Newell Rubbermaid has had internal design teams under their brands (though scattered around the country in each brand’s location) for years, so it made me wonder what’s driving their decision to consolidate design under one roof now. Having worked in product design and branding for almost 20 years, working with Fortune 100 clients in all sorts of industries, I’ve seen both independent and collocated design studios work successfully. I’ve also seen both models fail. There’s no simple right or wrong answer to which scenario works best, but we can consider 3 questions to help determine what’s the right way to work for your company.
Is Design Thinking Part of your Culture?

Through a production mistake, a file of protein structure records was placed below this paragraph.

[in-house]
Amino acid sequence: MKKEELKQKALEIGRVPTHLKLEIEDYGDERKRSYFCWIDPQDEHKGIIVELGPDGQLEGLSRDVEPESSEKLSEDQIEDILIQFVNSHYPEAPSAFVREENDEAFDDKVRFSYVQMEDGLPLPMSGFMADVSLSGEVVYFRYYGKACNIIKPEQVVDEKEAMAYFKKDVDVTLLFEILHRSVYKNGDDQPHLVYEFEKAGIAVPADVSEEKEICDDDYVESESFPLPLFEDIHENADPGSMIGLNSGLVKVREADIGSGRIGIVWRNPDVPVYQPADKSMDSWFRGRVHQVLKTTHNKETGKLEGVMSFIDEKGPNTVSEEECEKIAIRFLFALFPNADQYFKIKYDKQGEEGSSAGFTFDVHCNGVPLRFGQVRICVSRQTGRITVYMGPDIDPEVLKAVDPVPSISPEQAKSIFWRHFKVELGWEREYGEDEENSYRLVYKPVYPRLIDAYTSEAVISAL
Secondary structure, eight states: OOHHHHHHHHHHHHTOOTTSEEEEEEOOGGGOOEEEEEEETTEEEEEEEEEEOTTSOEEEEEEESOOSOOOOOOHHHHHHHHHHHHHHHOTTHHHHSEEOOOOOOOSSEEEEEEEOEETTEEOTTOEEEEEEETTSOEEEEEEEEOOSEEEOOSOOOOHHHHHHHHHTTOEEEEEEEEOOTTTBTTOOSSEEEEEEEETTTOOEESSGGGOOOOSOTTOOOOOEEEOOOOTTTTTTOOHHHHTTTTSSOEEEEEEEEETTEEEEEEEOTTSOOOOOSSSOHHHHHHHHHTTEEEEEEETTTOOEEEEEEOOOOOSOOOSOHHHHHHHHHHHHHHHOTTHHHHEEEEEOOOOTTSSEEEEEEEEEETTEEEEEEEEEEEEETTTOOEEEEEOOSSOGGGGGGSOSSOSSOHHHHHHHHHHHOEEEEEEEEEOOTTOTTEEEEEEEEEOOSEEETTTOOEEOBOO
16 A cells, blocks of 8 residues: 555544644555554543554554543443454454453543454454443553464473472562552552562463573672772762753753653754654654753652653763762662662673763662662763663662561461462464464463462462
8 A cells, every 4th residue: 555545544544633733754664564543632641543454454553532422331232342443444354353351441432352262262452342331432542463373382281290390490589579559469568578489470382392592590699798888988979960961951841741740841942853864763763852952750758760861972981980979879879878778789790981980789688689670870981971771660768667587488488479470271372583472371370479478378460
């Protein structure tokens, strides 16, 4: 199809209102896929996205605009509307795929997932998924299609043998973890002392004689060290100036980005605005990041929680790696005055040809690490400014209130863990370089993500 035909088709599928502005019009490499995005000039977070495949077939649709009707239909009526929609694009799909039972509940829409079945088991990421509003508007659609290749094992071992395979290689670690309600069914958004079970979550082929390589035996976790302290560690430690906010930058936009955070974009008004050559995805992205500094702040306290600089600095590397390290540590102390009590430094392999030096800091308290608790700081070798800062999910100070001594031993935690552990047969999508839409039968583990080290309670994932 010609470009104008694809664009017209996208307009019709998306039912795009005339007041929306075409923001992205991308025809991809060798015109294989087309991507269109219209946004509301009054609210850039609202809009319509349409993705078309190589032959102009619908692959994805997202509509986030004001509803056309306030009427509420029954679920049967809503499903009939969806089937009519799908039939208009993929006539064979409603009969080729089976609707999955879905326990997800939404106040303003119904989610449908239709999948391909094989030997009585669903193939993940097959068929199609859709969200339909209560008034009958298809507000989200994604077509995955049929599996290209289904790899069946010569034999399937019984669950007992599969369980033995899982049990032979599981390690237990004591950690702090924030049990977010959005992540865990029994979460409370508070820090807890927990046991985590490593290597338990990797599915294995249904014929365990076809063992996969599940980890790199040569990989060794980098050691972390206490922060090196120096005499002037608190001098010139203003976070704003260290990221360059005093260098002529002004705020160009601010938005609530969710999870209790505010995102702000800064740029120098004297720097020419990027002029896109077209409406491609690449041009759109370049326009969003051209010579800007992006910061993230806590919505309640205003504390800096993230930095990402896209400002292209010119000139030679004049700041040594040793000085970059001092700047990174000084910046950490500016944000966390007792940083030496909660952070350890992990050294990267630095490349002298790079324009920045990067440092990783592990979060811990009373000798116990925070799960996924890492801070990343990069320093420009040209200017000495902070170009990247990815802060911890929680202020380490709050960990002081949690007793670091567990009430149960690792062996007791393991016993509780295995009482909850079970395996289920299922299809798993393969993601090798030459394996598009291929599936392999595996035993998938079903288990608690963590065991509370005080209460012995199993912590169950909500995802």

First we need to be honest and take a hard look in the mirror, asking ourselves about really, how sophisticated are we as a company when it comes to Design Thinking? Design, and particularly Design Thinking, has to either be part of a company’s culture from the get go, or it has to be a top down driven culture shift from the C-level. Design Thinking must be engrained in a company’s DNA before ever considering bringing the design function in house at all, if there was never one to begin with. That said, if you bring in a change agent who instills this philosophy and creates an infrastructure through things like Innovation Centers, can be hugely successful. In our industry, the term “Innovation Center” may be a bit over-used, but for most audiences it’s still a differentiator, elevating the value of design within an organization. And when you bundle everyone together, the power of team takes over. The trick however is to make sure an in-house design center is used as an alignment tool and is part of the company culture, otherwise it can become polarizing to the other disciplines in a company. The danger is that designers could become seen as prima donnas in a company and having their own “Innovation Center” only perpetuates the “us vs. them” mentality that can happen between design, marketing, R&D and engineering. Ideally, the Innovation Center brings everyone together, teaching and instilling the Design Thinking process to all who contribute towards the growth of their brands and their supporting executions.